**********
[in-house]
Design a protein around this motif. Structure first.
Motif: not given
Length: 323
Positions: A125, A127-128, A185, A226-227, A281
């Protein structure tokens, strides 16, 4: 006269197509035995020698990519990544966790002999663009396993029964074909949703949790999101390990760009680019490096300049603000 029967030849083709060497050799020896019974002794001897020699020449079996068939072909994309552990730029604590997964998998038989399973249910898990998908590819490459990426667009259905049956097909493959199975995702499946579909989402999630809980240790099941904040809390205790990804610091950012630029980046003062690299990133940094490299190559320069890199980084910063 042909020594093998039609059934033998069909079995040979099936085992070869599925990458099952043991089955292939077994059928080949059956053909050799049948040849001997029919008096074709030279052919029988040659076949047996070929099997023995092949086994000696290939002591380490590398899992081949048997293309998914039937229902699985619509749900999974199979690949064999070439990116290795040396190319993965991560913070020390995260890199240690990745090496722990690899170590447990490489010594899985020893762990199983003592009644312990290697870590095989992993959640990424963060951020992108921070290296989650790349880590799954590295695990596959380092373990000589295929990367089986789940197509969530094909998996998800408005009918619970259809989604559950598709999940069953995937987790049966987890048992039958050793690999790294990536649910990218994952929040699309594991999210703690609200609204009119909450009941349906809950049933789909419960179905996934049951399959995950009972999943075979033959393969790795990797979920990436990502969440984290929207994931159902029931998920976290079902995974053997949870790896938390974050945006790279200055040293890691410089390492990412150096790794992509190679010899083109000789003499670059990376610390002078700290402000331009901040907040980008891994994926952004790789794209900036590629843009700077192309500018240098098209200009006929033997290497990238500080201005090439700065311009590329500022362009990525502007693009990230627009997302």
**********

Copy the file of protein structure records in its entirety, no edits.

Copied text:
[in-house]
Design a protein around this motif. Structure first.
Motif: not given
Length: 323
Positions: A125, A127-128, A185, A226-227, A281
């Protein structure tokens, strides 16, 4: 006269197509035995020698990519990544966790002999663009396993029964074909949703949790999101390990760009680019490096300049603000 029967030849083709060497050799020896019974002794001897020699020449079996068939072909994309552990730029604590997964998998038989399973249910898990998908590819490459990426667009259905049956097909493959199975995702499946579909989402999630809980240790099941904040809390205790990804610091950012630029980046003062690299990133940094490299190559320069890199980084910063 042909020594093998039609059934033998069909079995040979099936085992070869599925990458099952043991089955292939077994059928080949059956053909050799049948040849001997029919008096074709030279052919029988040659076949047996070929099997023995092949086994000696290939002591380490590398899992081949048997293309998914039937229902699985619509749900999974199979690949064999070439990116290795040396190319993965991560913070020390995260890199240690990745090496722990690899170590447990490489010594899985020893762990199983003592009644312990290697870590095989992993959640990424963060951020992108921070290296989650790349880590799954590295695990596959380092373990000589295929990367089986789940197509969530094909998996998800408005009918619970259809989604559950598709999940069953995937987790049966987890048992039958050793690999790294990536649910990218994952929040699309594991999210703690609200609204009119909450009941349906809950049933789909419960179905996934049951399959995950009972999943075979033959393969790795990797979920990436990502969440984290929207994931159902029931998920976290079902995974053997949870790896938390974050945006790279200055040293890691410089390492990412150096790794992509190679010899083109000789003499670059990376610390002078700290402000331009901040907040980008891994994926952004790789794209900036590629843009700077192309500018240098098209200009006929033997290497990238500080201005090439700065311009590329500022362009990525502007693009990230627009997302």